Niçoise Salad in Two Phases

First off, a quick reminder that my sister Jennifer has started How To Peel An Onion, a food blog with great photos included. The latest recipe entry is for a mildly zesty Quinoa with Scallions.

On Tuesday I decided to slap dinner together, using the sausage that Kimberly had left to defrost in the sink. It's starting to get hotter around here (irritatingly, it's drier here than it is in most of the South), so I decided a filling salad was in order. Or two filling salads on one platter.

I basically threw together a niçoise salad in two phases. Here's a link to the French wiki on the salade niçoise, which rejects the use of potatos and cooked veggies in the salad. The English wiki slavishly follows that, in fact, it just translated the French entry. Amusingly enough, the only recipe the wiki links to includes potatos, so a fig to them. Anyway, the three key ingredients to this nicene salad are the tomato, the boiled egg, and the potato (and usually tuna, but I used sausage).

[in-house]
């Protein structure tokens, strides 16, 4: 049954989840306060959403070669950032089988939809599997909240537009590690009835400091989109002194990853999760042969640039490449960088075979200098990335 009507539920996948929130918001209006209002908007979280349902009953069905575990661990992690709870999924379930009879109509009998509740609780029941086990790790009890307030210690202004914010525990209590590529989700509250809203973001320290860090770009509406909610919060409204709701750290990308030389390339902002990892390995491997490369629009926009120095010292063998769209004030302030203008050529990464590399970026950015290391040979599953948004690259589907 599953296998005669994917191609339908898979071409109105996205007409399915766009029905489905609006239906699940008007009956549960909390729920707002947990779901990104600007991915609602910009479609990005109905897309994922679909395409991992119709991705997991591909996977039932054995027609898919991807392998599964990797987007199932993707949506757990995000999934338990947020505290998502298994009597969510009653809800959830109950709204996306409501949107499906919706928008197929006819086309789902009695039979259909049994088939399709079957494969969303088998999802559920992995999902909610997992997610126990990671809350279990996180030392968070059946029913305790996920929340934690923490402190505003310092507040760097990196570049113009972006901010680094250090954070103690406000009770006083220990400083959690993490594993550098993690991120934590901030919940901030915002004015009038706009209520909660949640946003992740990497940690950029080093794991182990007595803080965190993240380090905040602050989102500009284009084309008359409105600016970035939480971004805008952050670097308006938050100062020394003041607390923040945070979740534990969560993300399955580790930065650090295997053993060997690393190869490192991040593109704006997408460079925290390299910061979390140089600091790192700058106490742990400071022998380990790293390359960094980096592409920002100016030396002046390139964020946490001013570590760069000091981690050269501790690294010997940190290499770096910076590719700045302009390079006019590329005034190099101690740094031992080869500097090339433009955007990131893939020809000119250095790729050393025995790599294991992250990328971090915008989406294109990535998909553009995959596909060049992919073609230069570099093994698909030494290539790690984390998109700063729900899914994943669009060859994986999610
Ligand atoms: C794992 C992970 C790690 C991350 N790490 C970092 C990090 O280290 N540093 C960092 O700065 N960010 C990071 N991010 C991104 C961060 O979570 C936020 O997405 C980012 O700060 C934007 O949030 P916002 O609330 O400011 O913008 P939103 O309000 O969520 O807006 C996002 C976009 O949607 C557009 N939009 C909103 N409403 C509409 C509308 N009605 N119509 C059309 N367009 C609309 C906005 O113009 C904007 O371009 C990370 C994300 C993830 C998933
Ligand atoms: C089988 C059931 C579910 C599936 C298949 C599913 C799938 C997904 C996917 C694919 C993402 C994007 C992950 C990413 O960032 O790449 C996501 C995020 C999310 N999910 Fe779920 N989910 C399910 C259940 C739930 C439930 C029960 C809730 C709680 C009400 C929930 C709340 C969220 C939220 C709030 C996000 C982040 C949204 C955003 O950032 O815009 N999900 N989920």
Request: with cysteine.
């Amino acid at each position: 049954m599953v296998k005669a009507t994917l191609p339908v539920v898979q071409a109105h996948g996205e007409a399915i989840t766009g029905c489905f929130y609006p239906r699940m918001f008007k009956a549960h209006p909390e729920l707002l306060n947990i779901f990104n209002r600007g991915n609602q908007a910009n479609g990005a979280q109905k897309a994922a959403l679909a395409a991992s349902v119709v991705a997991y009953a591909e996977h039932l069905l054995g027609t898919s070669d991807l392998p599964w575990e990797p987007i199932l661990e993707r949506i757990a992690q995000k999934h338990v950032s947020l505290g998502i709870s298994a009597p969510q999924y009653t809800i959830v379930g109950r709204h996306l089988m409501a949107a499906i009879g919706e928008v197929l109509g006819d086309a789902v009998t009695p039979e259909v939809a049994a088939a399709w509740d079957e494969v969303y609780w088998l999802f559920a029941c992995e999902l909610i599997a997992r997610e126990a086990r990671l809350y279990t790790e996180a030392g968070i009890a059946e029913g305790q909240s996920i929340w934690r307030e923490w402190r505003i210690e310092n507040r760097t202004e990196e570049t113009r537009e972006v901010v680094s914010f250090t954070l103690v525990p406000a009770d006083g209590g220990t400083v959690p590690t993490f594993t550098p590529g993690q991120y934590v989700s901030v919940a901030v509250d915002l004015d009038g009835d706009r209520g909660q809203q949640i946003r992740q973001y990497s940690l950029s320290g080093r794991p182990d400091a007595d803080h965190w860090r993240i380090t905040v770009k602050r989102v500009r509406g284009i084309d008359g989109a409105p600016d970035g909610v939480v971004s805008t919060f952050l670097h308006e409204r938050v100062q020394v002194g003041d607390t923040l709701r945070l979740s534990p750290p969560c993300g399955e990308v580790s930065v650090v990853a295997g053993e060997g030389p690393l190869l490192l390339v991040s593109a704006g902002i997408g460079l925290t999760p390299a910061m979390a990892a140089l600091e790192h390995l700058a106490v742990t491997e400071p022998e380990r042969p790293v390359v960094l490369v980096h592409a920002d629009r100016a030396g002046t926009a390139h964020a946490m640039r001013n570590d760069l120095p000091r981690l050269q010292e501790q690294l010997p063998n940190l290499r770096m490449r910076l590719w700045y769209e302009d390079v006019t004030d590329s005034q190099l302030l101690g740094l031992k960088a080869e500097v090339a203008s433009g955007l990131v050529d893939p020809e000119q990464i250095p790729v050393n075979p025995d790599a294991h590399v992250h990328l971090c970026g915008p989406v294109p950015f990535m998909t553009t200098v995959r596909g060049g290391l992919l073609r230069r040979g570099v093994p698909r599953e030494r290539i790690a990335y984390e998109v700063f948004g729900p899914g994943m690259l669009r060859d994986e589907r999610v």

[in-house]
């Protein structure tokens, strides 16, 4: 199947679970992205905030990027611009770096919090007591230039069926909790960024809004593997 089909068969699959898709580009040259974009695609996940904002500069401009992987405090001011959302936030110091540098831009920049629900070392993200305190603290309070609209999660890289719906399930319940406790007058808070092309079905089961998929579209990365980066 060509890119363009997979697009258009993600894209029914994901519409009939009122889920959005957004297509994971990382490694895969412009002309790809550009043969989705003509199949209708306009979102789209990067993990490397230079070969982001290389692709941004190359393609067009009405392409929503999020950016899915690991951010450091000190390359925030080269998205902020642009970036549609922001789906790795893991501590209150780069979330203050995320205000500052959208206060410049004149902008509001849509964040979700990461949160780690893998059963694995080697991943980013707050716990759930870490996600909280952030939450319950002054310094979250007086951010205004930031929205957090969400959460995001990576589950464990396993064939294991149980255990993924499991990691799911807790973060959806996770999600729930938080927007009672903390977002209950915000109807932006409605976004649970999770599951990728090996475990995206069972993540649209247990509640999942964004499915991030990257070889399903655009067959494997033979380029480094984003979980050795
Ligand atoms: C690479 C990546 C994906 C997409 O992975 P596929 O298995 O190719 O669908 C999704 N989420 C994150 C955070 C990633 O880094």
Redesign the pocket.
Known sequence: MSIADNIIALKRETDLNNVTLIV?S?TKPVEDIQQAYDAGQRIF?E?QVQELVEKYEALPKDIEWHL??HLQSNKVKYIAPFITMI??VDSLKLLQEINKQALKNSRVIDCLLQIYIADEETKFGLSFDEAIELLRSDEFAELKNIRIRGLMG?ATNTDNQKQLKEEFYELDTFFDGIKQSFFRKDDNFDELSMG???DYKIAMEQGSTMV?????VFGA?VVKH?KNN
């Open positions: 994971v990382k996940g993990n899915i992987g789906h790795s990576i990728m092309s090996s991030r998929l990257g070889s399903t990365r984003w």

The salad on the right in the photo is boiled potato, peas, and brussels sprouts. This sort of salad should be very lightly dressed. And by "this sort of salad" I mean a meal of crudités, as opposed to a salad to open a meal. There's a very little bit of salt, a drizzling of olive oil, and about a quarter cup of white wine poured over it.

For the salad on the left I first cut two large onions into rings, and soaked them in lightly sugared water while I prepared the rest of the salad. Onions taste much milder without losing any crunchiness when soaked in water. But since I'd found that Kimberly still avoided the onions when soaked, this time I added a little sugar to the water. It worked out really nicely, I thought, but Kimberly still put the onions to the side. As the onions soaked, I sliced the tomates and boiled eggs, cubed the mozzarella, and added cucumbers. Each cucumber was cut into thirds, and I sliced each third lengthwise. These pieces interacted with the quartered eggs and tomatoes a little better than the circular slices would have. I tossed it all together, peppered liberally, drizzled with olive oil, and slapped it on the platter.

There are three kinds of sausage surrounding this salad: a spicy italian, a mild italian, and a spicy chorizo. The salad was not chilled. The sausage was warm, and everything else was just room temperature, which I think allows the eater to enjoy the flavors more, and to linger over the food.

There you have it, boys and girls. And just in time for summer. Oh, and when you hit my sister's blog, try serving that quinoa recipe cold. It's fantastic that way.